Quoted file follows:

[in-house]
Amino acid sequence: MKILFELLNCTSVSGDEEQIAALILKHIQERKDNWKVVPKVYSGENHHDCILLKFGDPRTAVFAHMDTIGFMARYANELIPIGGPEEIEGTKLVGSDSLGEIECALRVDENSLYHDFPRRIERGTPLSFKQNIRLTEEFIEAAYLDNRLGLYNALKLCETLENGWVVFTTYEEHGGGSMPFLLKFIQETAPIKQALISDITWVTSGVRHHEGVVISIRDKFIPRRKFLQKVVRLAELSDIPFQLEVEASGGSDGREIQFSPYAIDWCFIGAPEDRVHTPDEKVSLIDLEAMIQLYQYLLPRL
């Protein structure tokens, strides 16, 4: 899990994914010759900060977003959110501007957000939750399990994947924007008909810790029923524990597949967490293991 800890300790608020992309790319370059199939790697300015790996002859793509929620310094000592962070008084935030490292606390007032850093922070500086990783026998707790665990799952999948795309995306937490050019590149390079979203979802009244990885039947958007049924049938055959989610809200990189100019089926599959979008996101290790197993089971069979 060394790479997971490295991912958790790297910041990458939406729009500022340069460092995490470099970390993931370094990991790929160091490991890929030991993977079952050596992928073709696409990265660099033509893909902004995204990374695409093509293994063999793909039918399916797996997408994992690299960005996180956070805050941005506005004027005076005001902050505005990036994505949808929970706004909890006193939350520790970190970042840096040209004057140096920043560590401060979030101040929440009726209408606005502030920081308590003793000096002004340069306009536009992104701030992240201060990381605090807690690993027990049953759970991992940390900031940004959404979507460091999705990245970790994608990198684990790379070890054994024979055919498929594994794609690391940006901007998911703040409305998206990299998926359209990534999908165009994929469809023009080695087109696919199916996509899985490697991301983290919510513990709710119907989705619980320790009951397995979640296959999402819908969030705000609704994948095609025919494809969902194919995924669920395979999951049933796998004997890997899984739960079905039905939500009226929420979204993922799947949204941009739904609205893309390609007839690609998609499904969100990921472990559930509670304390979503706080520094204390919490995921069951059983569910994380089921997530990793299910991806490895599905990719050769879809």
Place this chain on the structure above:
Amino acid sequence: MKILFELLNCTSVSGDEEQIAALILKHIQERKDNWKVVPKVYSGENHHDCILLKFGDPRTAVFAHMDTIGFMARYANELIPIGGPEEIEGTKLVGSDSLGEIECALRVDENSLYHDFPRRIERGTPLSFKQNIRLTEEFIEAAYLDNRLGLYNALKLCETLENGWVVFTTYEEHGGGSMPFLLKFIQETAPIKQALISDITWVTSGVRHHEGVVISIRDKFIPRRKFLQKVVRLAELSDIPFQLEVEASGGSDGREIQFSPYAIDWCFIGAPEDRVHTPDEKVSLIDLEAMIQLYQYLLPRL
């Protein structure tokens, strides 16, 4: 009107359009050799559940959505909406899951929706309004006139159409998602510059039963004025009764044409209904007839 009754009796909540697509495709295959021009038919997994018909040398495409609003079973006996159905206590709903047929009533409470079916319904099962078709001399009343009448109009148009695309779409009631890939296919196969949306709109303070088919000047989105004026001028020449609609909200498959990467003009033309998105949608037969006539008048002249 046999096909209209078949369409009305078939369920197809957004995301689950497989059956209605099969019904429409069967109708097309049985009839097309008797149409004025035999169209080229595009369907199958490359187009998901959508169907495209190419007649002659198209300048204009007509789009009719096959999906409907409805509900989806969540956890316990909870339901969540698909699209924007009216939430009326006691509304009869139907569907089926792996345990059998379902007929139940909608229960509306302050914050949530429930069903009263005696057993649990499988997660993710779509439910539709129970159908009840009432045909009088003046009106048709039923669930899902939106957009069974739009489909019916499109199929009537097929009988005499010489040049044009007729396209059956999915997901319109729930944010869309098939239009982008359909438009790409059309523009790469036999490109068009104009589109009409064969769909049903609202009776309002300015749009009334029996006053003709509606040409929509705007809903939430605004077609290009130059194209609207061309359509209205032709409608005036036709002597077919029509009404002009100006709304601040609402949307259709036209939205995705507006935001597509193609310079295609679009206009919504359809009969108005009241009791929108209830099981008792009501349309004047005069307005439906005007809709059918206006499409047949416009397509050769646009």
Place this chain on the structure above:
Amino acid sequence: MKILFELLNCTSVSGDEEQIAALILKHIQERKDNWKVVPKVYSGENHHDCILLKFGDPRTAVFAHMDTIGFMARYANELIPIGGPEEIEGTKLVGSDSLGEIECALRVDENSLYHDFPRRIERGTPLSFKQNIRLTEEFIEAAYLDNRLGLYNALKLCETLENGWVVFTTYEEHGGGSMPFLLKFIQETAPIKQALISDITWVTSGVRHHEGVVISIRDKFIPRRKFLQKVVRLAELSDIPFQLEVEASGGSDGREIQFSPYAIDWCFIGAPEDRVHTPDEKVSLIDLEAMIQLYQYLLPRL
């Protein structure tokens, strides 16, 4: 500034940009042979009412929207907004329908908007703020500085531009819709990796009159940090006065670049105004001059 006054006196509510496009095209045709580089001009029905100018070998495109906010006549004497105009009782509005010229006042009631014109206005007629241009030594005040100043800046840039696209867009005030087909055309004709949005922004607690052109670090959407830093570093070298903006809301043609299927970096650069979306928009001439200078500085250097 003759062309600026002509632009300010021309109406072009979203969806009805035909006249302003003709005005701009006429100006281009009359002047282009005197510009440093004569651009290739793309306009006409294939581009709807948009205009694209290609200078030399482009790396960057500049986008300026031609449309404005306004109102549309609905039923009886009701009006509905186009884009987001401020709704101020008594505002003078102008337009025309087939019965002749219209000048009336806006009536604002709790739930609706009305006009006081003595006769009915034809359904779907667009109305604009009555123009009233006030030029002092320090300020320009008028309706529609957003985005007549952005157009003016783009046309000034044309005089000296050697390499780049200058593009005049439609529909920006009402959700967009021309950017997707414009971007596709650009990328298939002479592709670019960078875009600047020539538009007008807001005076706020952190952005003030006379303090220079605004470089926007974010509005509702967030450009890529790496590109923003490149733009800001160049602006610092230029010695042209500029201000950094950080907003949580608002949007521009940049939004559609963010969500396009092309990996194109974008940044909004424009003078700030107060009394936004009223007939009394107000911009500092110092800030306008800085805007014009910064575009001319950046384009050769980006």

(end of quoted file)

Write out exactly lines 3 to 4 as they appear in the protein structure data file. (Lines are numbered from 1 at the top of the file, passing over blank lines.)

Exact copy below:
């Protein structure tokens, strides 16, 4: 899990994914010759900060977003959110501007957000939750399990994947924007008909810790029923524990597949967490293991 800890300790608020992309790319370059199939790697300015790996002859793509929620310094000592962070008084935030490292606390007032850093922070500086990783026998707790665990799952999948795309995306937490050019590149390079979203979802009244990885039947958007049924049938055959989610809200990189100019089926599959979008996101290790197993089971069979 060394790479997971490295991912958790790297910041990458939406729009500022340069460092995490470099970390993931370094990991790929160091490991890929030991993977079952050596992928073709696409990265660099033509893909902004995204990374695409093509293994063999793909039918399916797996997408994992690299960005996180956070805050941005506005004027005076005001902050505005990036994505949808929970706004909890006193939350520790970190970042840096040209004057140096920043560590401060979030101040929440009726209408606005502030920081308590003793000096002004340069306009536009992104701030992240201060990381605090807690690993027990049953759970991992940390900031940004959404979507460091999705990245970790994608990198684990790379070890054994024979055919498929594994794609690391940006901007998911703040409305998206990299998926359209990534999908165009994929469809023009080695087109696919199916996509899985490697991301983290919510513990709710119907989705619980320790009951397995979640296959999402819908969030705000609704994948095609025919494809969902194919995924669920395979999951049933796998004997890997899984739960079905039905939500009226929420979204993922799947949204941009739904609205893309390609007839690609998609499904969100990921472990559930509670304390979503706080520094204390919490995921069951059983569910994380089921997530990793299910991806490895599905990719050769879809």
Place this chain on the structure above: